Moving to deposits on Slide 9. We have a well-diversified deposit mix with $8 billion of non-interest bearing balances and CDs representing less than 25% of deposits. In addition to product diversification, we have a strong depositor mix as a result of the MOE. We have brought together the strong consumer deposit base of legacy TCF and a strong commercial deposit base of Chemical, which has created a complementary deposit mix of 62% consumer deposits and 38% commercial deposits. Total deposits have increased by 4% year-over-year and growth of deposits, excluding CDs, increased by $1.7 billion or 7% from a year ago.

The third quarter benefited from strong seasonal inflows of municipal deposits as tax payments drive higher balances. Our cost of deposits in the third quarter was 94 basis points, one basis point below our combined cost of deposits in the second quarter. We expect to see our deposit cost continue to decline over the coming quarters.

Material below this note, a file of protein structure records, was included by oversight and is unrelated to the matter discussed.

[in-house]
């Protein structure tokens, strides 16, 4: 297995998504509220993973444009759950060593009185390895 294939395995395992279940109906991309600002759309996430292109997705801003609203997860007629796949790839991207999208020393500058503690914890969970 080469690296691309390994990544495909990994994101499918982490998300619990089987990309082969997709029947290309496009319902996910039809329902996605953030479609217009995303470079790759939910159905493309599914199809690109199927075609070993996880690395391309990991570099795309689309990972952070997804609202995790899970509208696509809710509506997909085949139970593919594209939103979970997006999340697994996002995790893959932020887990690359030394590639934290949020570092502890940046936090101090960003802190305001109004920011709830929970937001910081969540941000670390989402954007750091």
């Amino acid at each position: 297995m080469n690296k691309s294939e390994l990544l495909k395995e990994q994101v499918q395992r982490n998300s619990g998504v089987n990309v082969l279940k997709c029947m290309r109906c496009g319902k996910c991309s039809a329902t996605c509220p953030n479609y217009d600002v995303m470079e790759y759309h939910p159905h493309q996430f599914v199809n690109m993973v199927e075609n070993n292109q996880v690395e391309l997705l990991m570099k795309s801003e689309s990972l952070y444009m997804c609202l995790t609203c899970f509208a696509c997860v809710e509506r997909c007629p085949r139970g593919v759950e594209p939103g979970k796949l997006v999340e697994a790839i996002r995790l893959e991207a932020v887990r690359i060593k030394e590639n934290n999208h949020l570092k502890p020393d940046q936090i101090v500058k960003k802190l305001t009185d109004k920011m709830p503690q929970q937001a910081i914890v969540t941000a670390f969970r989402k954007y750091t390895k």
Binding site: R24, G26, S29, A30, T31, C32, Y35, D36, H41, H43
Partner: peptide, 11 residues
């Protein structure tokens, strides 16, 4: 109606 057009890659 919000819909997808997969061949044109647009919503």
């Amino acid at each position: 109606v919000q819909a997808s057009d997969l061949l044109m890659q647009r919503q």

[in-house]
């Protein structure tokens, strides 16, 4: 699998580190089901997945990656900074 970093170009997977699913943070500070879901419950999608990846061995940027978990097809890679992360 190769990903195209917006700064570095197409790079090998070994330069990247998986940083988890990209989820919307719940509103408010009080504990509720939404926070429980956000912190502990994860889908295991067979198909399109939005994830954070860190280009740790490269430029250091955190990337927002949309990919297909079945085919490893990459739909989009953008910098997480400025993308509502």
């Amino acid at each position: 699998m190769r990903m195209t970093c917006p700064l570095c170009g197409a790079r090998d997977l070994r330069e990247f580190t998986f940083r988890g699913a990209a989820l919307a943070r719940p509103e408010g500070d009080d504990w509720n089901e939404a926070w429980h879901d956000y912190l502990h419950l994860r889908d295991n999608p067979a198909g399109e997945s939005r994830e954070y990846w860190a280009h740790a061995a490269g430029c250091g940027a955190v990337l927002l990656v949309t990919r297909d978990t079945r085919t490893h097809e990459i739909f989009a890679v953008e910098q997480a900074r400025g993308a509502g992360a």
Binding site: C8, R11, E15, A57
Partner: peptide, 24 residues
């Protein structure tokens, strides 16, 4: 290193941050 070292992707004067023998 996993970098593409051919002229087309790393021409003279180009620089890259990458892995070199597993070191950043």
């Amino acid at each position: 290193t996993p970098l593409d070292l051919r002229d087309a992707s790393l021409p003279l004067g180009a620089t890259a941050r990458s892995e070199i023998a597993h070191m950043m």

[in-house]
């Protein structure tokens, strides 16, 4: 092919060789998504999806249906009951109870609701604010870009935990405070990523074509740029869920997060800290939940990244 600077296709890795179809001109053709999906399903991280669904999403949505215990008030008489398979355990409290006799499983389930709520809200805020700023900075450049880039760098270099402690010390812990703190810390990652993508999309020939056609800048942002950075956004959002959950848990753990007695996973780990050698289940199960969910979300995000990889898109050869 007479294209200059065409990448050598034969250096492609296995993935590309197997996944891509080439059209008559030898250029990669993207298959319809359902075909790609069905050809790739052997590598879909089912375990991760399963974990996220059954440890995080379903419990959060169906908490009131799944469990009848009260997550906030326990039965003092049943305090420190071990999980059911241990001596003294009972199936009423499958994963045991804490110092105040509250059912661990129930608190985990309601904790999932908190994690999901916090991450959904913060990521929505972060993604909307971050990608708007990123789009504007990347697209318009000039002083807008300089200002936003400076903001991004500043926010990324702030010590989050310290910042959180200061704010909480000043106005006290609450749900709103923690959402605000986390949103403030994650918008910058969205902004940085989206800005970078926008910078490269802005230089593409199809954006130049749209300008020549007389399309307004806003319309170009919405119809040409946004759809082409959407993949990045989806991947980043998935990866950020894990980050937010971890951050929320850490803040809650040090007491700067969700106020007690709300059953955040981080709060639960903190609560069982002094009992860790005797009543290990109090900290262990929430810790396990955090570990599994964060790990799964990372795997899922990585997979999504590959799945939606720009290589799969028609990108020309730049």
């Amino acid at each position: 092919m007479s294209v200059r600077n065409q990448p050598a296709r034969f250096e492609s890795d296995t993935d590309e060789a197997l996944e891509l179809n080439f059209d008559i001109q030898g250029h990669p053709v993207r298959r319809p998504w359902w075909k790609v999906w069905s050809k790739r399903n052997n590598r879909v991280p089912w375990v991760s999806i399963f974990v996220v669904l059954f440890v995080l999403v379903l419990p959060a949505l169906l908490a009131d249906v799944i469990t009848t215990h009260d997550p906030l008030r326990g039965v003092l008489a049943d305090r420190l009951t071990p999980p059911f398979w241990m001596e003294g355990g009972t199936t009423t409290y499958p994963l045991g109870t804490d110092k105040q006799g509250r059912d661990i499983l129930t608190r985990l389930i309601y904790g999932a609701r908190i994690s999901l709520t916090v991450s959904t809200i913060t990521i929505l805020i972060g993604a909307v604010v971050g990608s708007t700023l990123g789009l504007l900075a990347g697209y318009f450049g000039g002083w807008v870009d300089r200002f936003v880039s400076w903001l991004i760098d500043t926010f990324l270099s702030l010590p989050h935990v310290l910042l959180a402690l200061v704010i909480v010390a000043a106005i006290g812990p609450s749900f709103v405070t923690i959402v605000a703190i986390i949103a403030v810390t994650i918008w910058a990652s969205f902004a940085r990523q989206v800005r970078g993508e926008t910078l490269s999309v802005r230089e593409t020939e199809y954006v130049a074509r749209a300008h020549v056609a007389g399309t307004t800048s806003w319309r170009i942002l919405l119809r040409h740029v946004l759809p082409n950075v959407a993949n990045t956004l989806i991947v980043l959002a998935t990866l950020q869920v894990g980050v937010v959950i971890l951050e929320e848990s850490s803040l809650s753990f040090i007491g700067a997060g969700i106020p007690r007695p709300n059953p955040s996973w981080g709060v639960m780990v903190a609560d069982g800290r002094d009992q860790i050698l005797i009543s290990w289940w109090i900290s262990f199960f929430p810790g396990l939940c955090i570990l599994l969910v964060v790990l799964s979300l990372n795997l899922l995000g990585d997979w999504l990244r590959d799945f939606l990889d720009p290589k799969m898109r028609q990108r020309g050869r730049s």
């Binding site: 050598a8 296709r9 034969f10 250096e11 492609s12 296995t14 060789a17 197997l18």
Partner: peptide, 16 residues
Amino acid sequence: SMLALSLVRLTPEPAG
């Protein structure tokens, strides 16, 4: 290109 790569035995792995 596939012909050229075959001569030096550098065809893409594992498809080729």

Slide 10 highlights that $1.6 billion worth of investment securities sales I mentioned earlier. As a result, we have been able to improve the mix of our investment securities portfolio by reducing interest rate and credit risk enhancing capital efficiency and liquidity. The total securities portfolio of $5.7 billion represents only 13% of total assets. We expect that number to gradually increase as we reinvest over the coming quarters. In the near term, we expect the securities to total assets to be in the mid-teen range. The largest component of the portfolio today is agency MBS, representing two-thirds of the total portfolio and 95% of the portfolio is represented by securities rated AA or AAA.